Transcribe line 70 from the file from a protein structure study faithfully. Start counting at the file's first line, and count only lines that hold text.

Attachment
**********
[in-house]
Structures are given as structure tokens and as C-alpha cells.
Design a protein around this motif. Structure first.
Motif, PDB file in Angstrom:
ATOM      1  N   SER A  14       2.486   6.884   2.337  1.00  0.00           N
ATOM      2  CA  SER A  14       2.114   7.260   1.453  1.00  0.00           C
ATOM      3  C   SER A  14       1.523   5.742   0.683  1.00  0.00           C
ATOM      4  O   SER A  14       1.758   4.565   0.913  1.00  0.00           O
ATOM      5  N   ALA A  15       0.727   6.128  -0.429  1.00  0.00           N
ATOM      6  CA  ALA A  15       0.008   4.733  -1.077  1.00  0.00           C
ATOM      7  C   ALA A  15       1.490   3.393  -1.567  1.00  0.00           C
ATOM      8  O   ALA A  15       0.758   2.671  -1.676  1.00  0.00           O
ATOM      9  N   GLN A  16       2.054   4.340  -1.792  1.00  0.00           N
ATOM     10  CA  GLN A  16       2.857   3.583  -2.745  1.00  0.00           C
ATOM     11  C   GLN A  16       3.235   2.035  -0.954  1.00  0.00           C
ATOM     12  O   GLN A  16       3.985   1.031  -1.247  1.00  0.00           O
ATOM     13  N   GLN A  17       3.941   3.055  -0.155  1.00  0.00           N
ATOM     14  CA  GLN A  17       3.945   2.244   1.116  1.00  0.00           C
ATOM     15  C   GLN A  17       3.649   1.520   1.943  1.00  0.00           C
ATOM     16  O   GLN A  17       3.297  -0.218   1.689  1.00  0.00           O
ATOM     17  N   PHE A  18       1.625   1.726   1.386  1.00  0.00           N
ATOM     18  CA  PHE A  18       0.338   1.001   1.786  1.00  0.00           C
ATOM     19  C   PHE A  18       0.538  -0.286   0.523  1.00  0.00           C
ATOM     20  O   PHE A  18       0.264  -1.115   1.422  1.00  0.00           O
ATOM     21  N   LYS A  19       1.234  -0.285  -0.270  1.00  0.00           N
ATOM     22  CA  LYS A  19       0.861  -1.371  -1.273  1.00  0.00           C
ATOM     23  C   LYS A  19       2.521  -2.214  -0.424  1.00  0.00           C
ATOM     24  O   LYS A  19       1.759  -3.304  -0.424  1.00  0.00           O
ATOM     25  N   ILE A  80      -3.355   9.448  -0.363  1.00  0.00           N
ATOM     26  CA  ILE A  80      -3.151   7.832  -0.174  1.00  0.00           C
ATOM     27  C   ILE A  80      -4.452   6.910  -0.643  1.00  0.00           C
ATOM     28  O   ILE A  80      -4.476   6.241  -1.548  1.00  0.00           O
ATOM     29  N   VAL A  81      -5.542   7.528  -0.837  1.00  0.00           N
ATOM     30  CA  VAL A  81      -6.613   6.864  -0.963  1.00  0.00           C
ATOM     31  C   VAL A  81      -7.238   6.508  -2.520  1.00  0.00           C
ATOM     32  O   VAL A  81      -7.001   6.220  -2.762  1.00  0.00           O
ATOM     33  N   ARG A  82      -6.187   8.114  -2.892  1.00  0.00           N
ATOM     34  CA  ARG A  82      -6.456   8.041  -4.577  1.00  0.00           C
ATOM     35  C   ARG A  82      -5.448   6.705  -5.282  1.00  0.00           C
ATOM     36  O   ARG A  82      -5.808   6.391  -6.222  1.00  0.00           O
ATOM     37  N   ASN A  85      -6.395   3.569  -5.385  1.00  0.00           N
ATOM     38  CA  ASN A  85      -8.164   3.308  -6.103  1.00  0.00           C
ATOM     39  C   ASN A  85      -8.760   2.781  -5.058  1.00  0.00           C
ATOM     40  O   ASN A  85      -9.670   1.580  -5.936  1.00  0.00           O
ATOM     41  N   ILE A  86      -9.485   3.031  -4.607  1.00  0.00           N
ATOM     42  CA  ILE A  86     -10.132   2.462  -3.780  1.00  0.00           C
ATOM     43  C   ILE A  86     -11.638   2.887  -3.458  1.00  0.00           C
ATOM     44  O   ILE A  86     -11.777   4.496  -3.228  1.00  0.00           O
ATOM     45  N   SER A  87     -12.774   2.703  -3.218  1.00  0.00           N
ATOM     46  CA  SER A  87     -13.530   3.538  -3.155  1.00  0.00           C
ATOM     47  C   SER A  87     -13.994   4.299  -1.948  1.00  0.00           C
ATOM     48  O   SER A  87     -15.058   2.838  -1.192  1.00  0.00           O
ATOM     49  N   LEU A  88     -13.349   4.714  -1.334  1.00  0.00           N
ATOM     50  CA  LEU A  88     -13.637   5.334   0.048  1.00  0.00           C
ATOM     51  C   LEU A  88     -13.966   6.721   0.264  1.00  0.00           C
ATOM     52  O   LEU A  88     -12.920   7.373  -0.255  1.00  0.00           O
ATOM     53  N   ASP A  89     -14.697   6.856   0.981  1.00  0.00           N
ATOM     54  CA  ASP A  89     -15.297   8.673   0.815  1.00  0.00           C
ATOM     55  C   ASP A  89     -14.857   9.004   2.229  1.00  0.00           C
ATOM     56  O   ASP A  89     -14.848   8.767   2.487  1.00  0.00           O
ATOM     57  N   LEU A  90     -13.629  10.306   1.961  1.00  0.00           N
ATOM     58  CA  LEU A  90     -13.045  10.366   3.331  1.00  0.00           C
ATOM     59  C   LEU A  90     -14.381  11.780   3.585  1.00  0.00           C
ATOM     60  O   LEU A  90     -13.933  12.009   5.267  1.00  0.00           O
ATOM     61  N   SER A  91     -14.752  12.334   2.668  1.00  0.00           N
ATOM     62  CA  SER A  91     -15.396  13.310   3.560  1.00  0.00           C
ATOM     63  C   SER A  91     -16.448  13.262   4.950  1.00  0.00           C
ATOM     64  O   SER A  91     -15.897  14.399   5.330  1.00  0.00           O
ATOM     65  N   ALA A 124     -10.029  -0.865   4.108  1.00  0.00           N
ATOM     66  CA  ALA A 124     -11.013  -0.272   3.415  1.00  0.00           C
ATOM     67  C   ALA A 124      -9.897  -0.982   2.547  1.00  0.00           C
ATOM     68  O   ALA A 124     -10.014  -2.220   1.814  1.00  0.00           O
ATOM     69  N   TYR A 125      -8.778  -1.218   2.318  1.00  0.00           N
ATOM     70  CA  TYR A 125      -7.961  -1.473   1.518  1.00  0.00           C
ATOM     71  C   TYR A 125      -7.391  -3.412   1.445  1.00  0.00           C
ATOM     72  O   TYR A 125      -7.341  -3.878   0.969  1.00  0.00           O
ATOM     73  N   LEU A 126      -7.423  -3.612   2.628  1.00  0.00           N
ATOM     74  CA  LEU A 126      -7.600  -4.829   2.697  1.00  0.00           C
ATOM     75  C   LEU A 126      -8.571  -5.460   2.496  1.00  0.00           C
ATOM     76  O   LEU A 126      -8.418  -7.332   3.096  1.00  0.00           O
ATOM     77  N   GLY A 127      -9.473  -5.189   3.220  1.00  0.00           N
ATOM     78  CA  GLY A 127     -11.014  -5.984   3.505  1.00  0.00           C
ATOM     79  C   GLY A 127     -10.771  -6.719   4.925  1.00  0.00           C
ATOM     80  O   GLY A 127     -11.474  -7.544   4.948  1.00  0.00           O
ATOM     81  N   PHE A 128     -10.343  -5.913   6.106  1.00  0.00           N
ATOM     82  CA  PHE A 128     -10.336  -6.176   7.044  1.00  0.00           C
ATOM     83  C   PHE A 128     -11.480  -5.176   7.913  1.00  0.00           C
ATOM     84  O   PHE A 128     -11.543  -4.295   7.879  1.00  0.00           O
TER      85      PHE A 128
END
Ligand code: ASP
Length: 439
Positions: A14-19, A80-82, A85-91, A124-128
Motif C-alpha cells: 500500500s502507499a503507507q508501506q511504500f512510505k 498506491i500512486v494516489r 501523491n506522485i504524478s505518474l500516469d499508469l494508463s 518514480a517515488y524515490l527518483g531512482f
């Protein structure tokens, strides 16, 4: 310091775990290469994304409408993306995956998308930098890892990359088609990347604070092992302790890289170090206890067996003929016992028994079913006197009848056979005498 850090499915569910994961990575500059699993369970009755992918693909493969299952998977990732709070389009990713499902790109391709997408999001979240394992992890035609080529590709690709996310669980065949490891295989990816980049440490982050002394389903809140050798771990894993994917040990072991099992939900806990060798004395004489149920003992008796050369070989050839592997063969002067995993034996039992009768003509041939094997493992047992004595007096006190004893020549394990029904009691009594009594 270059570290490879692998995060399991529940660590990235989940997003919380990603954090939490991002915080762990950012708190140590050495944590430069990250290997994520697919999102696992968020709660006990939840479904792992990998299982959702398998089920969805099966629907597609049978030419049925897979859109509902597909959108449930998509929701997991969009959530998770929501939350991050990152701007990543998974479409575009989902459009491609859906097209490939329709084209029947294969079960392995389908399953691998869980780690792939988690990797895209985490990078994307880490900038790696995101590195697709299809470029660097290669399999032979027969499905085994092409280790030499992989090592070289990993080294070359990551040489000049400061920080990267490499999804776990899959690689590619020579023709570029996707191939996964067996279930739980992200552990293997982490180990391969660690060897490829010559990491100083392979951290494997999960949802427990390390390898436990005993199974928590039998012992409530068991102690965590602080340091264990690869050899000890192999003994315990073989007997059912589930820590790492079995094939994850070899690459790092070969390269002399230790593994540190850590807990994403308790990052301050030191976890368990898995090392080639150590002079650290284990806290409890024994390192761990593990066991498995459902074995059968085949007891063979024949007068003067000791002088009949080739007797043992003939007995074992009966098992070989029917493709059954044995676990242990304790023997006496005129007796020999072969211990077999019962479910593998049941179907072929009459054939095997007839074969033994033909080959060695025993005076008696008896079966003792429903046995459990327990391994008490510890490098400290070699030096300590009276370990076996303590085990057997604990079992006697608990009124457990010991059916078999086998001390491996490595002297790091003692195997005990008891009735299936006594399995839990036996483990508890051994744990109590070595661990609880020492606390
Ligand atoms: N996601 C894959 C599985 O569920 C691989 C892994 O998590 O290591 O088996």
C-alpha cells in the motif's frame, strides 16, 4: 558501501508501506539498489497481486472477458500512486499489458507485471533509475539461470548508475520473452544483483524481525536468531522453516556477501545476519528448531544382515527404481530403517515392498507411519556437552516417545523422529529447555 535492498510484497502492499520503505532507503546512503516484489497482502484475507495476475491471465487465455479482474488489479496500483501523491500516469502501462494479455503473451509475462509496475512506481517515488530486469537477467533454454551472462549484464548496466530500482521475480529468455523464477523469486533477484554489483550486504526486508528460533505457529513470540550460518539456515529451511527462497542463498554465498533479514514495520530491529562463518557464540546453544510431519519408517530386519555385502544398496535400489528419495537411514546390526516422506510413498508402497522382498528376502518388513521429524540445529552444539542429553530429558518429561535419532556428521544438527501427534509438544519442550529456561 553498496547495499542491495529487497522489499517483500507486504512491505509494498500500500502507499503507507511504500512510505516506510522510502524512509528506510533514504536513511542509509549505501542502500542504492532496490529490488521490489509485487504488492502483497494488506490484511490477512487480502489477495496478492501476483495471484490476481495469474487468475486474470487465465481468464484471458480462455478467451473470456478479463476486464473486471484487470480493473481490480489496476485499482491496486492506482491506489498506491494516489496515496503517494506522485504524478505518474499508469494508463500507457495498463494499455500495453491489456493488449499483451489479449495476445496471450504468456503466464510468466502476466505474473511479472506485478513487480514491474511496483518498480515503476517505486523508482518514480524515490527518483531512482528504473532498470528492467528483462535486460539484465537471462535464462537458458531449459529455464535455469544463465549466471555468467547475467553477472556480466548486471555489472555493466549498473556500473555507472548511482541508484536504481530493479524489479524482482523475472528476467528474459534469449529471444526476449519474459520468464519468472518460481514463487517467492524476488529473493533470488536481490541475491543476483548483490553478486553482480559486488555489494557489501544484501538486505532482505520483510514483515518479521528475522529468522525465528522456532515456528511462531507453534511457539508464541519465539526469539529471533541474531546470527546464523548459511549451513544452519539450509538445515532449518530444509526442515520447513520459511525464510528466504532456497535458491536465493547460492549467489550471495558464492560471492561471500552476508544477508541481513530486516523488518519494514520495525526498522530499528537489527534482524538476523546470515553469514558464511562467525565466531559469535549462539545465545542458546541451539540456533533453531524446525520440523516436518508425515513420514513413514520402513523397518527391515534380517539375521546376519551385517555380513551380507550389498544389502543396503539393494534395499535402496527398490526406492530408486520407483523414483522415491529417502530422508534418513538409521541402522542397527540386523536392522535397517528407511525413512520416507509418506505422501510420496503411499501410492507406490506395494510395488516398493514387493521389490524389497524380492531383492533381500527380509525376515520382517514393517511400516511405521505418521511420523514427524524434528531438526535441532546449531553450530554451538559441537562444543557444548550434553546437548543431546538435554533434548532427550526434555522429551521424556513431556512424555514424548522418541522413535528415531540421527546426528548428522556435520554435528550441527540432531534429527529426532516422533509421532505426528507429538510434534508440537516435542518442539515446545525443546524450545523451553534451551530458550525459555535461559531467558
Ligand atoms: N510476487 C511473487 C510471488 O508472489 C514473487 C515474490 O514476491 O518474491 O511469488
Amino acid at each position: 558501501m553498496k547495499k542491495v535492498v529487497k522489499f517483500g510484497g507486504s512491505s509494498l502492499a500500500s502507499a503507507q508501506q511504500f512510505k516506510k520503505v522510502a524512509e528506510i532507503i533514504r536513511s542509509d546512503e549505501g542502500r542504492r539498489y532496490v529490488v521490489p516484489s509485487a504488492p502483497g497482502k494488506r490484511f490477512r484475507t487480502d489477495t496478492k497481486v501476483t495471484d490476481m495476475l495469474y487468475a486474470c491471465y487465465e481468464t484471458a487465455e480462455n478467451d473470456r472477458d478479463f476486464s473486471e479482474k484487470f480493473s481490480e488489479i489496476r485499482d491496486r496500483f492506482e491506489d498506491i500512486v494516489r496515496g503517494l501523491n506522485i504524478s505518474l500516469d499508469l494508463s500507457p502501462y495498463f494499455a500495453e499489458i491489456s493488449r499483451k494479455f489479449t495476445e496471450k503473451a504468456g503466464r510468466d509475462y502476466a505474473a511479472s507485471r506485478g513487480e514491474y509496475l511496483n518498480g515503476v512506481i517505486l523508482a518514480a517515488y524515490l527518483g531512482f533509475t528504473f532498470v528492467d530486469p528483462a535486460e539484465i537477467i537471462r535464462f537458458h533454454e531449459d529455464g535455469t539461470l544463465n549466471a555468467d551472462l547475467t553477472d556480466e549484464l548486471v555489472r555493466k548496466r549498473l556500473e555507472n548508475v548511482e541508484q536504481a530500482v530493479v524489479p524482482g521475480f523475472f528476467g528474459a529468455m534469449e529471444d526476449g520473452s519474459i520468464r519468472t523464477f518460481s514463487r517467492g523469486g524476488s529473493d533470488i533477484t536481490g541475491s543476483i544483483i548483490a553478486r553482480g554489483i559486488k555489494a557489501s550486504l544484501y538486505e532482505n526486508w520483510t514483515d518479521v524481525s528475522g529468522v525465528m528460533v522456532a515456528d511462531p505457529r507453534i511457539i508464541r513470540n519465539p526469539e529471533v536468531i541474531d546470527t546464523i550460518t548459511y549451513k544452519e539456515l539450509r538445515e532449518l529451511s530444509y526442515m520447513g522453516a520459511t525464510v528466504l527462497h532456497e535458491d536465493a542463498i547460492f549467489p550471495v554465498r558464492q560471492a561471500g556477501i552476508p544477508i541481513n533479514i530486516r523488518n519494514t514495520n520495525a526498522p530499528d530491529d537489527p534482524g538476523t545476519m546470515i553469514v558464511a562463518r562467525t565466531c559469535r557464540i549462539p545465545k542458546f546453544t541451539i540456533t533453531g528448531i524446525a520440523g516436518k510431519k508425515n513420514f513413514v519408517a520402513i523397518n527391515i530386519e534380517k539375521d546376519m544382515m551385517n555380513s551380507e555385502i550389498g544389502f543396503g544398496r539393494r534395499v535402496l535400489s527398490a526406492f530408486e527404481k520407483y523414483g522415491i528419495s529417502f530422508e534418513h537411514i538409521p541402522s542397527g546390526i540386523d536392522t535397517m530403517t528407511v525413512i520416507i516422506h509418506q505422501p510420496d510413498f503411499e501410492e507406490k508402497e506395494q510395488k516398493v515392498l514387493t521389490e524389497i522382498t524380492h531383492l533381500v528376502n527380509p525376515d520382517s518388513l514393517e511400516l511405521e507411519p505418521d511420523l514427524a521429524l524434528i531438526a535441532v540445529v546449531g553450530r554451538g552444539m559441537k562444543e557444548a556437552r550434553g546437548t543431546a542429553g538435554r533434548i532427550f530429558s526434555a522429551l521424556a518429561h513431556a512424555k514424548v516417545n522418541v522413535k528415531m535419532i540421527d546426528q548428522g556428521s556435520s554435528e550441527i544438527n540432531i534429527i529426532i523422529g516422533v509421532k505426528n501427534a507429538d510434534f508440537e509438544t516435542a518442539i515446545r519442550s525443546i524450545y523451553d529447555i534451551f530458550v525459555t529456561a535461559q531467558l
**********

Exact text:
ATOM     66  CA  ALA A 124     -11.013  -0.272   3.415  1.00  0.00           C